The enormous success of the Roadmap UNIX and Text Editors courses in prompted the development of other courses relevant to the UBC Computer Science curriculum. Numerous users expressed interest in more general courses, particularly those relevant to the World Wide Web. To satisfy such disparate needs, we have developed categories of courses, some more pertinent to mainstream users, while others aim at helping Computer Science students master topics that are likely to help them with their curriculum courses.
Please note that courses currently under development are highlighted with an (*) asterix.
The UNIX course was originally the flagship of the Roadmap courses.
It arose from the enormous campus-wide demand for UNIX [tutorage].
The main obstacle for the UNIX course to overcome was that of interaction
with a real UNIX environment; the user could not be expected to learn the
nature of UNIX commands without this interaction. The solution was
to create a limited UNIX account for each user and to guide them along the
lesson while prompting them to apply what they were learning.
Much of the backbone of campus computing is based on Unix systems, which
has made the RoadmapÕs Introduction to Unix course very popular. However,
numerous requests have been made by users to create an advanced Unix course
which caters to those who need to make use of the advanced features of Unix.
The Text Editors course has been very popular in the UBC Computer Science
department for both undergrads and graduate students. The course covers
both Emacs and Vi, and as such is of great assistance to new UNIX users.
Experience with C is a requirement for many upper-level Computer Science
and Electrical and Computer Engineering courses. Currently students have
limited opportunities to get a formal introduction to the language. This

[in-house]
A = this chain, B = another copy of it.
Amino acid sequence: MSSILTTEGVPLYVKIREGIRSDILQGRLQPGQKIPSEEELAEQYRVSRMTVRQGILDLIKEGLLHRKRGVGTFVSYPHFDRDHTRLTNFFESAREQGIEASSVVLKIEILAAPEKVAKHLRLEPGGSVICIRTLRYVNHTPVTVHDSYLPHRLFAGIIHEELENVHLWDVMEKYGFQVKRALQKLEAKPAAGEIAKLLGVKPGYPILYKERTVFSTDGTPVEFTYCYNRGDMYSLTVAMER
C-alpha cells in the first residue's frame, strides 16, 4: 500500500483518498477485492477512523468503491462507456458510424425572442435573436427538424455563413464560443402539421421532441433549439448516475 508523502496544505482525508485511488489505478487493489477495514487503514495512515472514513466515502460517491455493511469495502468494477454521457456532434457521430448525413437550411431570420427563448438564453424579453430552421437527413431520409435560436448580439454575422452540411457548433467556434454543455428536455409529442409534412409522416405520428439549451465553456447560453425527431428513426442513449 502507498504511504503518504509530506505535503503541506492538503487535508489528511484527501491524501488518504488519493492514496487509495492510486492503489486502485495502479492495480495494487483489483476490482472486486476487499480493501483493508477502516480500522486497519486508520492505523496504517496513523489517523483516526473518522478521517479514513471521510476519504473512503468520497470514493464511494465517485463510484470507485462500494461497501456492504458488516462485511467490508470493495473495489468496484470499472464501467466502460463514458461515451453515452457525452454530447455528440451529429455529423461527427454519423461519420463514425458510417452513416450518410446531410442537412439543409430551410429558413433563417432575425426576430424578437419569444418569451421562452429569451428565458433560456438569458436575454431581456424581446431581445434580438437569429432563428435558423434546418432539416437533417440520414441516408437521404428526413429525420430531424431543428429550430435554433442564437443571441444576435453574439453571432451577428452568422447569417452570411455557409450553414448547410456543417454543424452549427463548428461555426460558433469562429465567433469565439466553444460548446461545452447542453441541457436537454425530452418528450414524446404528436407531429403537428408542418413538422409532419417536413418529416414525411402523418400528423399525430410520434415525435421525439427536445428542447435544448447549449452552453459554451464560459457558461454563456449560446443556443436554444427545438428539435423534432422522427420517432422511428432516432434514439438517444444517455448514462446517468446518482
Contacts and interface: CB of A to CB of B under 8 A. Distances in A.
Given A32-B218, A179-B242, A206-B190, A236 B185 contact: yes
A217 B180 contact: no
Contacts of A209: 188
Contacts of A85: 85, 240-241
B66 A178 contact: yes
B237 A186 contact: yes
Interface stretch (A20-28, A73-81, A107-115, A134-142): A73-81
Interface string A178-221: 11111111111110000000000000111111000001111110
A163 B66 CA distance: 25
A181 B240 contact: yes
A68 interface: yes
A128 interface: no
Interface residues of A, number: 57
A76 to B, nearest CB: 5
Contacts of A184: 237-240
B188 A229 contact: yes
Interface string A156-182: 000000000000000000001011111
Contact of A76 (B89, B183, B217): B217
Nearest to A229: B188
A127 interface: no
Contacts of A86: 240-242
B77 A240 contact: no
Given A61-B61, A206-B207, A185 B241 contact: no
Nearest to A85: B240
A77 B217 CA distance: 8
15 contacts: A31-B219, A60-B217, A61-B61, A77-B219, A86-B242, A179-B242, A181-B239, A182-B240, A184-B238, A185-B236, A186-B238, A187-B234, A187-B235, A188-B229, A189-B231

course will draw upon material developed for our popular course introducing
the C++ programming language.
The C++ course is the flagship Roadmap course. Although its is intended
for beginner users and as such does not focus on the Object-Oriented aspects
of C++, it is a comprehensive course. Currently, all 2nd year UBC Computer
Science students without C++ experience take this course.
Our existing course on C++ gives a detailed introduction to the language,
but avoids all the unique (and advanced) features of the language. We plan
to create a new course for the advanced user introducing object-oriented
programming and advanced language features important for object-oriented
design including templates, overloading, inheritance, and polymorphism.
Java is a relatively new programming language that enjoys widespread attention
because of its portability and its application to the Web. We plan to design
an interactive course on Java following the style and methods used in our
Perl is a very useful programming language whose ease of use, expressiveness, and usefulness in Web and UNIX programming are unparalleled. The Perl course is an introductory course and is offered in conjunction with the "Creating CGIs with Perl" course.
This course will expand upon the RoadmapÕs Introduction to Web Page
Design course, describing techniques and free software for effectively creating
and embedding graphics, sound clips, animated GIFs, etc. in HTML Web documents.
will appeal to the numerous students, faculty and staff maintaining their
CGI scripts are the link between Web documents and functionality on Web-based
systems, and are widely used on campus Web servers. The interactive CGI course
will build on the existing Perl Programming course.
The e-mail course deals with general e-mail concepts such as net-etiquette,
and offers detailed instruction for setting-up and using e-mail with Netscape,
Eudora, Pine, and Zmail.
The Usenet News course familiarizes users with both
"rn" and Netscape as news readers.
The web has become saturated with information; our Searching the World Wide
Web course is intended to help users find what they set out to. General
search techniques are covered, as are the more popular search engines: Alta
Vista, Big Yellow Global, and Excite.
With the Web having become such a popular medium for presenting information,
numerous Roadmap users requested a web-page design course. The result
is a course that focuses on HTML design , tags, frames, images, and layout.
This is the first in a suite of four mainstream courses based on the ubiquitous
Microsoft Office product. Similar to the other Roadmap courses, these
courses will lead the student through short projects and exercises illustrating
software features and effective usage paradigms. We plan to develop
variants of each course for both Macintosh and Windows platforms.
Similar to Microsoft Word.
Similar to Microsoft Word.
Similar to Microsoft Word.
Department of Computer Science
University of British Columbia
Department of Computer Science
University of British Columbia
Department of Computer Science
University of British Columbia
Last Modified: 20/04/98